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Corn's Big Challenge

January 10, 2009
By: Charles Johnson, Farm Journal Editor
 
 

 

We've tinkered with corn for more than 5,000 years. Now, with the mysteries of the corn genome becoming known, can scientists push yields to a quantum leap in a couple of decades?

Some researchers expect corn yields to climb at an unprecedented rate. Monsanto Company scientists predict a doubling of the average national corn yield by 2030. Their counterparts at Pioneer Hi-Bred International Inc. say corn yield should increase 40% during the next decade. Not everyone in the lab agrees, however. Some believe the corn yield trendline will continue on its steady climb but not accelerate much.

Either way, driven by an increasing demand for food, fuel and industrial uses, it's clear the world needs more corn. Plant breeding is mankind's ultimate blend of art and science.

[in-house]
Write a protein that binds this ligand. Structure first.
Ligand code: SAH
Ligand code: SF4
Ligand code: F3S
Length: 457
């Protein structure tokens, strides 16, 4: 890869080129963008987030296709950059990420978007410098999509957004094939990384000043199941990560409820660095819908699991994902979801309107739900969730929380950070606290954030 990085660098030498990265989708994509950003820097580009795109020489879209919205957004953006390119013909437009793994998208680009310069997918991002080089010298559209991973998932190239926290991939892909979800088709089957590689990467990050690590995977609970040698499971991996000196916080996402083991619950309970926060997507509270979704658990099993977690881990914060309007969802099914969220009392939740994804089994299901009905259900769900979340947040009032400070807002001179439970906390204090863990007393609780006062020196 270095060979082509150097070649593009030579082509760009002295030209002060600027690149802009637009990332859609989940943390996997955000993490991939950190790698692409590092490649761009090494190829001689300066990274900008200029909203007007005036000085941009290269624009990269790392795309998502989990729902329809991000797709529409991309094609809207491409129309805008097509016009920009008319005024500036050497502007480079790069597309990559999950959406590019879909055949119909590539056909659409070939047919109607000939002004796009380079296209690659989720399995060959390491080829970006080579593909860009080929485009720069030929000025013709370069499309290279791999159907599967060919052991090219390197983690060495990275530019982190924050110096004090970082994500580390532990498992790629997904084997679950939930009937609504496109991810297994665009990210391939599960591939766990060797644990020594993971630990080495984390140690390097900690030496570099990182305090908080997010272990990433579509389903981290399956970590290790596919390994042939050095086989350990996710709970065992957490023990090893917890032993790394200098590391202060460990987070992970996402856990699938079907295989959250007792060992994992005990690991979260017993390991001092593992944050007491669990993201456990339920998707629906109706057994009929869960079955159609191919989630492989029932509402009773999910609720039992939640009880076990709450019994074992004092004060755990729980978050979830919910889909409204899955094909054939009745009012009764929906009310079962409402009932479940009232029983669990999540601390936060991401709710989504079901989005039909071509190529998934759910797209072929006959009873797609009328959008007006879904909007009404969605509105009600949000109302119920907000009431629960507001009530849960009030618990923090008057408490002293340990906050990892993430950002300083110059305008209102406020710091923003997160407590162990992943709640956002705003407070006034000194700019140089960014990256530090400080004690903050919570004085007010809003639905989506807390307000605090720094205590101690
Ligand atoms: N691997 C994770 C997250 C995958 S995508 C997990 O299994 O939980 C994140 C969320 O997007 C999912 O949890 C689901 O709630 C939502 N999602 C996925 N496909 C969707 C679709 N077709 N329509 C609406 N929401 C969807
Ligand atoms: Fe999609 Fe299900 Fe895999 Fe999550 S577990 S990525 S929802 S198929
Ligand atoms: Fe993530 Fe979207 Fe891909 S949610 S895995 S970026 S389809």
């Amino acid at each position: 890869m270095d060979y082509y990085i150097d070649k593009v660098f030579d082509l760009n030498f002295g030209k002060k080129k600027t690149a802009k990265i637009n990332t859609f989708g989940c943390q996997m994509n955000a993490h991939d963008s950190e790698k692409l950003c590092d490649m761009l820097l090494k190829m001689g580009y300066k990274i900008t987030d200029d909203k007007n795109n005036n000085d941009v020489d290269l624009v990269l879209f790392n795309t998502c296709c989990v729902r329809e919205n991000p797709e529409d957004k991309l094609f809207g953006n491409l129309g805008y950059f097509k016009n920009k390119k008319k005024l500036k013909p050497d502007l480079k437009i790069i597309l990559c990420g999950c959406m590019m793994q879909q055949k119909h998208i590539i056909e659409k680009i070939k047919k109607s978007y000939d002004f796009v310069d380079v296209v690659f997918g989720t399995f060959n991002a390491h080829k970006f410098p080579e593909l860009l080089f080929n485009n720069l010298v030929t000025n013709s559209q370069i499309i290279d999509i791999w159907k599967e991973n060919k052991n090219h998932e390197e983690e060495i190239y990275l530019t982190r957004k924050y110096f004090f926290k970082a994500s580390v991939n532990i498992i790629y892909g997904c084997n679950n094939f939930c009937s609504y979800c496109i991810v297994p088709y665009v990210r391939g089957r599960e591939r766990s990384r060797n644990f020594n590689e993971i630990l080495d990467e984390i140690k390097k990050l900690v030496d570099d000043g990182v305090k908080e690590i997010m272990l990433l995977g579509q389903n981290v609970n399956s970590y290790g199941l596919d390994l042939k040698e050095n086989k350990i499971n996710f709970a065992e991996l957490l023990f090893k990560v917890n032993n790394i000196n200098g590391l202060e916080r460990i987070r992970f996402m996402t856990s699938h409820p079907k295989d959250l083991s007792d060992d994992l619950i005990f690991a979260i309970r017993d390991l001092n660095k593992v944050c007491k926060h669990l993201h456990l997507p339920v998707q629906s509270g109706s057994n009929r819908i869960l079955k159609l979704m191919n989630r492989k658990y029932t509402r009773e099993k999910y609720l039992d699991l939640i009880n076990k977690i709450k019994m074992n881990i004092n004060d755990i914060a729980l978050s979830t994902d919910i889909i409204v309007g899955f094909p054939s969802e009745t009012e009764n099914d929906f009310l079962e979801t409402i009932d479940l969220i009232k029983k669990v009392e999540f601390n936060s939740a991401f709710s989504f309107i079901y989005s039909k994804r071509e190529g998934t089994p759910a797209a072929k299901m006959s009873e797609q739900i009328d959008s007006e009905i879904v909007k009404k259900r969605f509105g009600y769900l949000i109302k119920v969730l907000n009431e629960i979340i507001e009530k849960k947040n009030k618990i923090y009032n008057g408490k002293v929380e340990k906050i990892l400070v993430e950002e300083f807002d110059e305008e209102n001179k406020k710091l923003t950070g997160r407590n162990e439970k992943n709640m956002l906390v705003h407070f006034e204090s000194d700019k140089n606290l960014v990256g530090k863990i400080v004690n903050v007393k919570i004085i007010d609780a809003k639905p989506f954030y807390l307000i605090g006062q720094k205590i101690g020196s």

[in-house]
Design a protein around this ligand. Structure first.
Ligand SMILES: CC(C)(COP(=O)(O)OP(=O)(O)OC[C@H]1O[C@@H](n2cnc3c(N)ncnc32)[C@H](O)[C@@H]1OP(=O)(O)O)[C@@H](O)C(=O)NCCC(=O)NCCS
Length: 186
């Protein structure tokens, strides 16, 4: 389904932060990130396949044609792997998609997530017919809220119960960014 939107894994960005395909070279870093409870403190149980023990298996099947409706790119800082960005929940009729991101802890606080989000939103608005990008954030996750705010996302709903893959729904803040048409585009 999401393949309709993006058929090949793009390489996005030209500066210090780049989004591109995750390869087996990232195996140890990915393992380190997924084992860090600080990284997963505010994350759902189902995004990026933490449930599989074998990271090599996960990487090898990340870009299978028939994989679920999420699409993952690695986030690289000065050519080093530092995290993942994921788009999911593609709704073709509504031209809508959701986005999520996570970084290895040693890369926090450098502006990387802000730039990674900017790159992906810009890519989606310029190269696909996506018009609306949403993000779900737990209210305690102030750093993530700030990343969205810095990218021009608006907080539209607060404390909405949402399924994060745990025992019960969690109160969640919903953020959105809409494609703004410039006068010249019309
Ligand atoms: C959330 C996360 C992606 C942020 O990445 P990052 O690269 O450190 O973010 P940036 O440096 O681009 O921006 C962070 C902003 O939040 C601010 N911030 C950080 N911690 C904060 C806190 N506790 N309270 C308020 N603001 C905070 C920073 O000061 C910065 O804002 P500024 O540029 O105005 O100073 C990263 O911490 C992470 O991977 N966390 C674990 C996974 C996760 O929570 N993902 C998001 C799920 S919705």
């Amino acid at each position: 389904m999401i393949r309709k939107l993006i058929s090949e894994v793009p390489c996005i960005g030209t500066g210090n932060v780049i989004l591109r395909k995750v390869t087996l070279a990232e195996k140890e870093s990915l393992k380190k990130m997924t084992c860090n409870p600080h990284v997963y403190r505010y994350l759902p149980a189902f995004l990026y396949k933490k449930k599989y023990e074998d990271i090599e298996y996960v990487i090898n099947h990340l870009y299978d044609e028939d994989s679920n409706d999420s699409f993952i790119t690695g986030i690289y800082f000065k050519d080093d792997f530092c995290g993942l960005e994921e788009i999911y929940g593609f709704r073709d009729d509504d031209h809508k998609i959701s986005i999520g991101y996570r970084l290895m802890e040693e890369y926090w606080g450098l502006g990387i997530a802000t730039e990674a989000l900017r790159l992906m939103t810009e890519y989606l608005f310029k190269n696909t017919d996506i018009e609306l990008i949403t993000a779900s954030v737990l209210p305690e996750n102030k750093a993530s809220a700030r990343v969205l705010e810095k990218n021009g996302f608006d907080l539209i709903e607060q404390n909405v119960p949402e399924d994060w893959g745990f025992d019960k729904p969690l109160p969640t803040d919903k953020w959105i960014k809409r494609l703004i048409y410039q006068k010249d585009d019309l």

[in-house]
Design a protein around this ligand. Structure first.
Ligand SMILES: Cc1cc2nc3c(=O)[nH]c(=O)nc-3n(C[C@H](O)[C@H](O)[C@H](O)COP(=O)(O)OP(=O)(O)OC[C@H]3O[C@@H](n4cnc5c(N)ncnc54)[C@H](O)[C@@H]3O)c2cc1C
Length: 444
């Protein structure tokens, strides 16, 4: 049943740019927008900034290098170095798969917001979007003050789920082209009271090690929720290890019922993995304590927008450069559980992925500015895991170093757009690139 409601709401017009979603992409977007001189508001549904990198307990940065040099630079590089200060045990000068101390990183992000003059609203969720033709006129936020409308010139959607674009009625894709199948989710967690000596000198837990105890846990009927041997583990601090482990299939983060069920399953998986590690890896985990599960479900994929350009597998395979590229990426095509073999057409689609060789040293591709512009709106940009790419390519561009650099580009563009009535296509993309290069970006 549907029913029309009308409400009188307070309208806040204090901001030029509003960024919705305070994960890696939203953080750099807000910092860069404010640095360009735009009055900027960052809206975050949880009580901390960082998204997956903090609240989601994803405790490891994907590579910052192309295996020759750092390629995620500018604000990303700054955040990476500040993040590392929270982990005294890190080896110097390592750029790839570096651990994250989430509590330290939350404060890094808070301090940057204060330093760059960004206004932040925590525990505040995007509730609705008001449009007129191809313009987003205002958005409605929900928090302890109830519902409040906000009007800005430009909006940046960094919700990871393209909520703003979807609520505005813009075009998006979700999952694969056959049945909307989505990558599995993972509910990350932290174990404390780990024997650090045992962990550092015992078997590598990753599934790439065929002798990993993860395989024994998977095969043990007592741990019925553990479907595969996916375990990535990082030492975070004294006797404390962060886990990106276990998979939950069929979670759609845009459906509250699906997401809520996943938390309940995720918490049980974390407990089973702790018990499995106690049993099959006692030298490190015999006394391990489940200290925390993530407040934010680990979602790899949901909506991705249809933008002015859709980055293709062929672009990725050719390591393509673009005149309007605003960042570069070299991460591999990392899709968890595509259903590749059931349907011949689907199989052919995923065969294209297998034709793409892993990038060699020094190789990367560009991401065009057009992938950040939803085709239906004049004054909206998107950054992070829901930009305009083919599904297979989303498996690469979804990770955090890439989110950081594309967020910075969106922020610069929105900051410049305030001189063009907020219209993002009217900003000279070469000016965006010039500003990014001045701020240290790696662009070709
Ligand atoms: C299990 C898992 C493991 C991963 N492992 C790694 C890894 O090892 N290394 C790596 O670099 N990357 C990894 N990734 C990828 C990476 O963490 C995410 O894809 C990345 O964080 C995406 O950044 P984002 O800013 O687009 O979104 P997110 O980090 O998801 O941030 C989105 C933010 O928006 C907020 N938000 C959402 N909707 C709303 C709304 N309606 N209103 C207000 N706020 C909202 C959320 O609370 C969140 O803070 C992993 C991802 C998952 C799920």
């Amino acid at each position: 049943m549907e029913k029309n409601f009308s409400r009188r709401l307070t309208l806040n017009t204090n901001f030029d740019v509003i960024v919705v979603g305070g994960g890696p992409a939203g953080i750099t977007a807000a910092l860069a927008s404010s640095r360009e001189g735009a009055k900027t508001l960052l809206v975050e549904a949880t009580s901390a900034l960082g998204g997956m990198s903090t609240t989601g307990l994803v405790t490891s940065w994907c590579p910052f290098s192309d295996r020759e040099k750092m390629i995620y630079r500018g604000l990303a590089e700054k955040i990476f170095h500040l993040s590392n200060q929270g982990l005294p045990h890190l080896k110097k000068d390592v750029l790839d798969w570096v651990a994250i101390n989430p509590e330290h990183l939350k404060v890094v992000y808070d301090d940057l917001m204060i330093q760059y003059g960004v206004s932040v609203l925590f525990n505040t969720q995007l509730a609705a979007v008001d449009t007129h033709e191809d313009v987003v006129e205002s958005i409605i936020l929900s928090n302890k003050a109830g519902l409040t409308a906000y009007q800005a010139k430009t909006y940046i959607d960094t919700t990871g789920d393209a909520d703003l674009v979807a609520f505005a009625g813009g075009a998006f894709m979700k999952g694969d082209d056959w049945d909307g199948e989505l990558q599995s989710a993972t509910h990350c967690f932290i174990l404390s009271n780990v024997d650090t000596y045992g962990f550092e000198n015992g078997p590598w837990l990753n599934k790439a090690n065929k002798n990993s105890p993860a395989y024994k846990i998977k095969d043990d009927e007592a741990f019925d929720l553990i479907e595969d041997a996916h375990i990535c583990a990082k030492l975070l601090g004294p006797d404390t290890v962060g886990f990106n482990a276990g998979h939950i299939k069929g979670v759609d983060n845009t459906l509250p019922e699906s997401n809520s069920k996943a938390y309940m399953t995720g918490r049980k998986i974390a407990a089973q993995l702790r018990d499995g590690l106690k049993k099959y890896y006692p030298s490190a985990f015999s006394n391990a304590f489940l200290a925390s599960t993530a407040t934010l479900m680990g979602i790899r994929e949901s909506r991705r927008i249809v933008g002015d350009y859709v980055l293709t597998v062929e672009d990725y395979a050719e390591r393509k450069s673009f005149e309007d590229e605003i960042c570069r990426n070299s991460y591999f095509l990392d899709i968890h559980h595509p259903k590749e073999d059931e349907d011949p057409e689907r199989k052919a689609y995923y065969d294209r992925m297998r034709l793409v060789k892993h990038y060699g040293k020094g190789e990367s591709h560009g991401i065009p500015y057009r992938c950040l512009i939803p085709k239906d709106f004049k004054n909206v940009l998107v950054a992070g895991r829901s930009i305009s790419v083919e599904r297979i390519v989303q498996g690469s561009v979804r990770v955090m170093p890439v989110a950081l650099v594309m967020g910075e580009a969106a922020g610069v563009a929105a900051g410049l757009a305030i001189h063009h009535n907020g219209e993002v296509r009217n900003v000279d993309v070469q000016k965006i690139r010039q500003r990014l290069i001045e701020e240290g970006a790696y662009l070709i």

It's no coincidence that the brain center of the cutting-edge corn breeding work is located in central Iowa on some of the world's best corn-producing soil. Here, between Des Moines and Ames, the top corn breeders for Monsanto, Pioneer and Syngenta do mind-boggling work in their plots, greenhouses and labs.

"There's phenomenal technology, and the experts tell us they've just scratched the surface. I believe yields are going to grow at an ever-increasing rate," says Craig Floss, Iowa Corn Growers Association CEO, who works in Johnston, Iowa.

Visit Ted Crosbie at Monsanto's modest-looking Ankeny complex, Dave Bubeck at Pioneer's college-like campus in Johnston or Ben Hable at Syngenta's corn headquarters at the former Garst Seed Company center near Slater, and you find corn breeders doing key research that was unthinkable just a few years ago.